The aquarium was opened in 1885 making it the oldest public aquarium on the Mediterranean. While the aquarium is quite small it does house a considerable amount of information in its tanks. The exhibits are creatively displayed starting with marine life closest to the shore and working their way to the deep sea. Visitors can view numerous varieties of fish, eels, octopus, coral and beautiful marine plants that are all found in the waters along the French coast.
If you are a little more adventurous you can visit the underwater trail or le sentier sous-marin. Within the bay, located at Peyrefite beach, you can discover with your own equipment or rent a mask, snorkel and fins to explore this fabulous underwater reserve. The reserve opened in 1974 and covers 650 hectares of sea between Banyuls and Cerbère. This is a protected area with over 12,000 species of fish and shellfish and 500 sea plants that are native to the area.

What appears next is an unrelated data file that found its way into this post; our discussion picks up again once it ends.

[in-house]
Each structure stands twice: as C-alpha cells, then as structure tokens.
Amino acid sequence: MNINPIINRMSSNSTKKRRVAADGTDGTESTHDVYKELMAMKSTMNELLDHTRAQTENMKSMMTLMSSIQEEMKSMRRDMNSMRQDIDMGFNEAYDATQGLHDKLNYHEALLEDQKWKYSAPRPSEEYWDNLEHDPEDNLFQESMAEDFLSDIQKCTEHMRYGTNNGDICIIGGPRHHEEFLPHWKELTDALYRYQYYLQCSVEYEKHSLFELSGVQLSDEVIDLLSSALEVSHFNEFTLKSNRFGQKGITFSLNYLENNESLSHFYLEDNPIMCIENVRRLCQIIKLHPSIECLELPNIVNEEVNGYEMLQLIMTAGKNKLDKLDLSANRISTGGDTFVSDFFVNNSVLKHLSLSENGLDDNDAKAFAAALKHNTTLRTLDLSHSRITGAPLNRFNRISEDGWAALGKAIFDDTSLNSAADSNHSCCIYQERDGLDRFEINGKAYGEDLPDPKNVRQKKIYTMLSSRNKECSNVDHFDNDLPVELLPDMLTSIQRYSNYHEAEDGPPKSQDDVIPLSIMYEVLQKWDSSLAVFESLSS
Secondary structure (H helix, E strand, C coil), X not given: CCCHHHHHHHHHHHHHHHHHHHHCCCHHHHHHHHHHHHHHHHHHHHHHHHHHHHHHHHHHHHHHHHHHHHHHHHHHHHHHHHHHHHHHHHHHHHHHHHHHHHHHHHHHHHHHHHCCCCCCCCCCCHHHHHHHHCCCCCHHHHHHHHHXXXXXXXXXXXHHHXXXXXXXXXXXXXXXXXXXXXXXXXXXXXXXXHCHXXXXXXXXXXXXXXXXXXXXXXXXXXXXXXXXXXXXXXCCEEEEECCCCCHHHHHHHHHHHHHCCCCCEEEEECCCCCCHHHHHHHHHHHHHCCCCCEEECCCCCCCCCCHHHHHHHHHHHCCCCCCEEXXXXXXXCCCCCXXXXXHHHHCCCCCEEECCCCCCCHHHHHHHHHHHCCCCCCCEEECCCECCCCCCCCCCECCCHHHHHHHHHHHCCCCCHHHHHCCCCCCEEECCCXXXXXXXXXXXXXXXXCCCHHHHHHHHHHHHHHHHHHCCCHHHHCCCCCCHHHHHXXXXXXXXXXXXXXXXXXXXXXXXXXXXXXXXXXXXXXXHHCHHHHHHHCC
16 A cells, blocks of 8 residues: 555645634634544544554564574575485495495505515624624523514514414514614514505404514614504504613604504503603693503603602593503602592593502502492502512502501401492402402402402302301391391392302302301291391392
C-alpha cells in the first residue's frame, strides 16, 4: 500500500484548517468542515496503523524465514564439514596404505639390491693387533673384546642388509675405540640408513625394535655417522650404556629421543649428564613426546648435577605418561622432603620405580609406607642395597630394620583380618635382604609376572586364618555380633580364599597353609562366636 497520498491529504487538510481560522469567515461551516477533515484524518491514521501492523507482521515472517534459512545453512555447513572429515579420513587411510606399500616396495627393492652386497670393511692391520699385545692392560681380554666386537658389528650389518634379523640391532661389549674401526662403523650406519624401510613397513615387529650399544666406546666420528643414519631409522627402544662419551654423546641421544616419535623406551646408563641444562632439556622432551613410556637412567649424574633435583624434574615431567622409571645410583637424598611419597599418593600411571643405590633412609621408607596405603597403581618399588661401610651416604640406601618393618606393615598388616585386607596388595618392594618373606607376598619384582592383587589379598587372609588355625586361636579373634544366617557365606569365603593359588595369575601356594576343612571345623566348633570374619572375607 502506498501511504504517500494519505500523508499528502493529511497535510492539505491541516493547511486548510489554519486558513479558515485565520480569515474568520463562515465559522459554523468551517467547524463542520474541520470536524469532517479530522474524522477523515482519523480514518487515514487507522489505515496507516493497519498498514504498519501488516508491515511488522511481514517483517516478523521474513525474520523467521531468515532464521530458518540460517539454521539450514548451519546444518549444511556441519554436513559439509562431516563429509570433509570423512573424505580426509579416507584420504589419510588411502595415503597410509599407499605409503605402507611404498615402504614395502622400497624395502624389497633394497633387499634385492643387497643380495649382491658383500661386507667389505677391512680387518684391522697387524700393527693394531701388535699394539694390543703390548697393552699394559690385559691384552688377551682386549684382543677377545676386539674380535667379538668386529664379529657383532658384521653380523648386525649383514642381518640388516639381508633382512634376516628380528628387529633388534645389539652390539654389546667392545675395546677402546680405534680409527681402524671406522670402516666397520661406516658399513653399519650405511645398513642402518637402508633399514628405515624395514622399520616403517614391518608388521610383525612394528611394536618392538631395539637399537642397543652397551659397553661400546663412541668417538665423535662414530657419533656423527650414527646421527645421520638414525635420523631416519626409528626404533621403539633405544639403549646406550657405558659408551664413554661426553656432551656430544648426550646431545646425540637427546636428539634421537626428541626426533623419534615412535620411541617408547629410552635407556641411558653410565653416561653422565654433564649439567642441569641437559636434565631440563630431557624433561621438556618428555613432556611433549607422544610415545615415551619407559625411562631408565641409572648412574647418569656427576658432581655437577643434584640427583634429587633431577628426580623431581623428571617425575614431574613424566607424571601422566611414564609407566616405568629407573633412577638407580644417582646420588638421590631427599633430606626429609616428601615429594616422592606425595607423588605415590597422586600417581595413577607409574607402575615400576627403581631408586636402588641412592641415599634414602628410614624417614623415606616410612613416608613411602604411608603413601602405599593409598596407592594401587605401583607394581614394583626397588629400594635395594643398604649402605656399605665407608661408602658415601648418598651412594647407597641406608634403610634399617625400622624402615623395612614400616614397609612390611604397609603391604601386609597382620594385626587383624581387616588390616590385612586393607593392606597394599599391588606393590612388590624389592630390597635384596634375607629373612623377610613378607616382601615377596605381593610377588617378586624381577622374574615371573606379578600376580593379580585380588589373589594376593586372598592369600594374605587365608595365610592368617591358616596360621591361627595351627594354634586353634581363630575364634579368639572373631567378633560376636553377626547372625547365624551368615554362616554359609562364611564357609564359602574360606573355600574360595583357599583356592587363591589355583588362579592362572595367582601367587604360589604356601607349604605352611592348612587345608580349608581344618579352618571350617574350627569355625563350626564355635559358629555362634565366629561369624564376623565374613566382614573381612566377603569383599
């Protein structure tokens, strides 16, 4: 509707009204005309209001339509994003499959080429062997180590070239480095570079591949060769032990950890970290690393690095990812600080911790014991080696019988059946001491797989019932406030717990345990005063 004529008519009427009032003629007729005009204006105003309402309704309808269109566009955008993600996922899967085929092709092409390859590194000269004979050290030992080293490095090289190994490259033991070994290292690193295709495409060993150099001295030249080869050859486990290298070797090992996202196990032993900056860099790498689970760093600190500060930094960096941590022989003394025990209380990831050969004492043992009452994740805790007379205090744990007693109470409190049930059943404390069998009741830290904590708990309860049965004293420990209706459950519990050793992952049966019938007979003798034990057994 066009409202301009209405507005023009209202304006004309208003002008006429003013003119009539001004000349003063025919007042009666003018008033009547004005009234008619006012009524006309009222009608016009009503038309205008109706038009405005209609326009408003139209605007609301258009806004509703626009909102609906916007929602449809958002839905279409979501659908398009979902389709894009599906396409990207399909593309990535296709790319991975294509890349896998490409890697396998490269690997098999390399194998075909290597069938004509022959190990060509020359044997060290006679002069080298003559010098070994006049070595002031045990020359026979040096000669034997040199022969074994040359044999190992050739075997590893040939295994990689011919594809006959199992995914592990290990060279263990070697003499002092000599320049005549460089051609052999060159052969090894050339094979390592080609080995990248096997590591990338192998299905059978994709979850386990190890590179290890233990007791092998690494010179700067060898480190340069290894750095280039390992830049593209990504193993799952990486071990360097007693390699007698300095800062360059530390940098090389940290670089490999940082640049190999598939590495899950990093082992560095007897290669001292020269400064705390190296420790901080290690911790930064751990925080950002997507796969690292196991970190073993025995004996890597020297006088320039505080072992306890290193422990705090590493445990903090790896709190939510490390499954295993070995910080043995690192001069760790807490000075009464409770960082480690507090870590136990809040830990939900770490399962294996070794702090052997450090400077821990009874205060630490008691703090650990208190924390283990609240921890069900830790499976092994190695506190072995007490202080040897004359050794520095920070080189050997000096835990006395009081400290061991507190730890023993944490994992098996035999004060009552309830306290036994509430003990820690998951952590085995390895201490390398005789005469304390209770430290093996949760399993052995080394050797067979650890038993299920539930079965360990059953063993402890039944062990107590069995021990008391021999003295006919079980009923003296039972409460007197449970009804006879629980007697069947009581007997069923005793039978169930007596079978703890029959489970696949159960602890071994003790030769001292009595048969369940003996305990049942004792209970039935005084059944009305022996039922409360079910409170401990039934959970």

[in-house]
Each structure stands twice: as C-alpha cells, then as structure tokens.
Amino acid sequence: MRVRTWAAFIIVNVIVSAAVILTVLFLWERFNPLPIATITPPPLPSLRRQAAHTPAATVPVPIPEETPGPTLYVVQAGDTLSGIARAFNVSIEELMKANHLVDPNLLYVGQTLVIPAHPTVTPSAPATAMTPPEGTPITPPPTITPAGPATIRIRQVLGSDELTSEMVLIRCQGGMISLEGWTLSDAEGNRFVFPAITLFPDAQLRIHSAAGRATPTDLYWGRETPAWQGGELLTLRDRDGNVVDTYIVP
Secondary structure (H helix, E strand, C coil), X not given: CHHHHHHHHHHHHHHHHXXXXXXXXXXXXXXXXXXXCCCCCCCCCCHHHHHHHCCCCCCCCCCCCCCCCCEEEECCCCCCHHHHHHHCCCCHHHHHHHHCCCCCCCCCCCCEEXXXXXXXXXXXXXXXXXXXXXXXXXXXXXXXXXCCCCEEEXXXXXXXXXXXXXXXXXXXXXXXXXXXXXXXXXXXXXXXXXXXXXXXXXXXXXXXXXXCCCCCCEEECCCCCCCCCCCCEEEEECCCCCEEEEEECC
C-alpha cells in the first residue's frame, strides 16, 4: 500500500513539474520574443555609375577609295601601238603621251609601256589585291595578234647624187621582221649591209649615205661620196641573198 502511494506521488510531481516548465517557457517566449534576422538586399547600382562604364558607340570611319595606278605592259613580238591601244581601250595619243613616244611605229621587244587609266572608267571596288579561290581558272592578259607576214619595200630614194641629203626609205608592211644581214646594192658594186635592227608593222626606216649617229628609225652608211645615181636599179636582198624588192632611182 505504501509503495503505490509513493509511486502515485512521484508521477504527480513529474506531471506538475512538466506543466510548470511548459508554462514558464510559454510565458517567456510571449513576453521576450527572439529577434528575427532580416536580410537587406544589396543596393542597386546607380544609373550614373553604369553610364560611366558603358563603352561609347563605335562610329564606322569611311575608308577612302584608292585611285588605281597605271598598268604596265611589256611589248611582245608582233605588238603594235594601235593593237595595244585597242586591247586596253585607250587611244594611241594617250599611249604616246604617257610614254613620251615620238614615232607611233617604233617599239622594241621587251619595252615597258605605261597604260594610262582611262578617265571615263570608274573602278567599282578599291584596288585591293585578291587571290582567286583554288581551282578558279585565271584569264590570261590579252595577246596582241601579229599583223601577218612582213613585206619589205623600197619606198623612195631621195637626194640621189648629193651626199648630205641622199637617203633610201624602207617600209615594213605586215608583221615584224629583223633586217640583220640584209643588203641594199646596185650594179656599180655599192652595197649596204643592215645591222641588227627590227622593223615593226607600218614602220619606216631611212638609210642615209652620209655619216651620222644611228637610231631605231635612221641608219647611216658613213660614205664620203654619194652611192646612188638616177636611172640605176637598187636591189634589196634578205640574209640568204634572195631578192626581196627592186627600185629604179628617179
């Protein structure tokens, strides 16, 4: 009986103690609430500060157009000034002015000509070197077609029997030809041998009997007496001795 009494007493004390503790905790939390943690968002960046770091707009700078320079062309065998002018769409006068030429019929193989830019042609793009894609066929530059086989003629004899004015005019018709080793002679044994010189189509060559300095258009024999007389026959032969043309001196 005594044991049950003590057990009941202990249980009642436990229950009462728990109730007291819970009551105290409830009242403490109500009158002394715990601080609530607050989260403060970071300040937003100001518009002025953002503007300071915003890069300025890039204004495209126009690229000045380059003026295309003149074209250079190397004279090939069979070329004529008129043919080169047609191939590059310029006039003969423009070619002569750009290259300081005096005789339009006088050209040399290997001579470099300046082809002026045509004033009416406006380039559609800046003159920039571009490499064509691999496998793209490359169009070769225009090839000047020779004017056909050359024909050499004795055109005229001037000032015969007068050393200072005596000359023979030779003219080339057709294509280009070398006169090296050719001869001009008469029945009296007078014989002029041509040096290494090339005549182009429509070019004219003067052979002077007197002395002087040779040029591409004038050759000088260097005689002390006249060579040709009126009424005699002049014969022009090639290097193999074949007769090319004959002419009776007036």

The trail is 250m long with buoys at several points along the way. There are underwater signs with lists of the different species that can be seen in that specific area. They also offer, for an extra charge, the ability to rent an audio guide & musical interlude of sorts that gives you a running commentary during your swim/snorkel along the surface. The reserve offers a wonderful way to learn about and experience firsthand, underwater sea life in its natural form.
Along the shore is a lovely beach (bring your water shoes for the pebbles) and shaded areas for picnic lunch. Definitely a place worth visiting if you are looking for an authentic underwater experience.
Enjoy this video that shows the large numbers of fish that are viewable in the reserve.